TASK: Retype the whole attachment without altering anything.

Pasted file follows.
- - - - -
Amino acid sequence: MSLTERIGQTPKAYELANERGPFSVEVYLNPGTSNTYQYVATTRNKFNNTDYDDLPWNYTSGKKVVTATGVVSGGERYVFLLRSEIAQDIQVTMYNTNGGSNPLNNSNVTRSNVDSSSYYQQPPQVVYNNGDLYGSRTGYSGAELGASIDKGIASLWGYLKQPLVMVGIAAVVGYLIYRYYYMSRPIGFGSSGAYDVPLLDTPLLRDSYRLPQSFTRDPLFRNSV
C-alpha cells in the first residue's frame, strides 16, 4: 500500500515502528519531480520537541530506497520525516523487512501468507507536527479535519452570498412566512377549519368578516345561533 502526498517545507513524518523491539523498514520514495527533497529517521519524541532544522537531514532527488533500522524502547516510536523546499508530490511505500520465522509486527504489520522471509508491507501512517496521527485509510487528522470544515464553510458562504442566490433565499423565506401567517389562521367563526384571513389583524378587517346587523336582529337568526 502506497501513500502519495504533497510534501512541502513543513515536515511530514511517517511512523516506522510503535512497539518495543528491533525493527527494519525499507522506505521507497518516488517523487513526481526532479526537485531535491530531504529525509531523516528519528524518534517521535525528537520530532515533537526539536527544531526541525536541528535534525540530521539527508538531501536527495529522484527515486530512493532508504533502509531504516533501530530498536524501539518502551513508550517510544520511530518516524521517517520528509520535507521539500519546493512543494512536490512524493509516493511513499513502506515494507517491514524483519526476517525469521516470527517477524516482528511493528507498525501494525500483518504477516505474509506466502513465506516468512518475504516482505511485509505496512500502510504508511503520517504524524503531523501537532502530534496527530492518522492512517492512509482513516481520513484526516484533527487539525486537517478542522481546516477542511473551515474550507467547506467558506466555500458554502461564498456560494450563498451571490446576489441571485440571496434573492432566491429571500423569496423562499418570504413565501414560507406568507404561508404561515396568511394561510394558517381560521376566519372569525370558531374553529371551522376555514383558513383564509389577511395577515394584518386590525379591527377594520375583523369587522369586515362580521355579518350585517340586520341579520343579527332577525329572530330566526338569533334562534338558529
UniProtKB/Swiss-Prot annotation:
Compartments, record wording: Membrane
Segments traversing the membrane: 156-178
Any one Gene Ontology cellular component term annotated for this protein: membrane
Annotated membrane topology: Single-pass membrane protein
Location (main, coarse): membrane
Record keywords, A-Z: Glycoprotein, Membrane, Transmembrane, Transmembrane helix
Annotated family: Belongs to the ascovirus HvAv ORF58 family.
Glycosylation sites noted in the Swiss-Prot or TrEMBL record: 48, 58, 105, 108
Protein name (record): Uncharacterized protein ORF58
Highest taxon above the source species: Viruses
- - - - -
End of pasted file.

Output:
Amino acid sequence: MSLTERIGQTPKAYELANERGPFSVEVYLNPGTSNTYQYVATTRNKFNNTDYDDLPWNYTSGKKVVTATGVVSGGERYVFLLRSEIAQDIQVTMYNTNGGSNPLNNSNVTRSNVDSSSYYQQPPQVVYNNGDLYGSRTGYSGAELGASIDKGIASLWGYLKQPLVMVGIAAVVGYLIYRYYYMSRPIGFGSSGAYDVPLLDTPLLRDSYRLPQSFTRDPLFRNSV
C-alpha cells in the first residue's frame, strides 16, 4: 500500500515502528519531480520537541530506497520525516523487512501468507507536527479535519452570498412566512377549519368578516345561533 502526498517545507513524518523491539523498514520514495527533497529517521519524541532544522537531514532527488533500522524502547516510536523546499508530490511505500520465522509486527504489520522471509508491507501512517496521527485509510487528522470544515464553510458562504442566490433565499423565506401567517389562521367563526384571513389583524378587517346587523336582529337568526 502506497501513500502519495504533497510534501512541502513543513515536515511530514511517517511512523516506522510503535512497539518495543528491533525493527527494519525499507522506505521507497518516488517523487513526481526532479526537485531535491530531504529525509531523516528519528524518534517521535525528537520530532515533537526539536527544531526541525536541528535534525540530521539527508538531501536527495529522484527515486530512493532508504533502509531504516533501530530498536524501539518502551513508550517510544520511530518516524521517517520528509520535507521539500519546493512543494512536490512524493509516493511513499513502506515494507517491514524483519526476517525469521516470527517477524516482528511493528507498525501494525500483518504477516505474509506466502513465506516468512518475504516482505511485509505496512500502510504508511503520517504524524503531523501537532502530534496527530492518522492512517492512509482513516481520513484526516484533527487539525486537517478542522481546516477542511473551515474550507467547506467558506466555500458554502461564498456560494450563498451571490446576489441571485440571496434573492432566491429571500423569496423562499418570504413565501414560507406568507404561508404561515396568511394561510394558517381560521376566519372569525370558531374553529371551522376555514383558513383564509389577511395577515394584518386590525379591527377594520375583523369587522369586515362580521355579518350585517340586520341579520343579527332577525329572530330566526338569533334562534338558529
UniProtKB/Swiss-Prot annotation:
Compartments, record wording: Membrane
Segments traversing the membrane: 156-178
Any one Gene Ontology cellular component term annotated for this protein: membrane
Annotated membrane topology: Single-pass membrane protein
Location (main, coarse): membrane
Record keywords, A-Z: Glycoprotein, Membrane, Transmembrane, Transmembrane helix
Annotated family: Belongs to the ascovirus HvAv ORF58 family.
Glycosylation sites noted in the Swiss-Prot or TrEMBL record: 48, 58, 105, 108
Protein name (record): Uncharacterized protein ORF58
Highest taxon above the source species: Viruses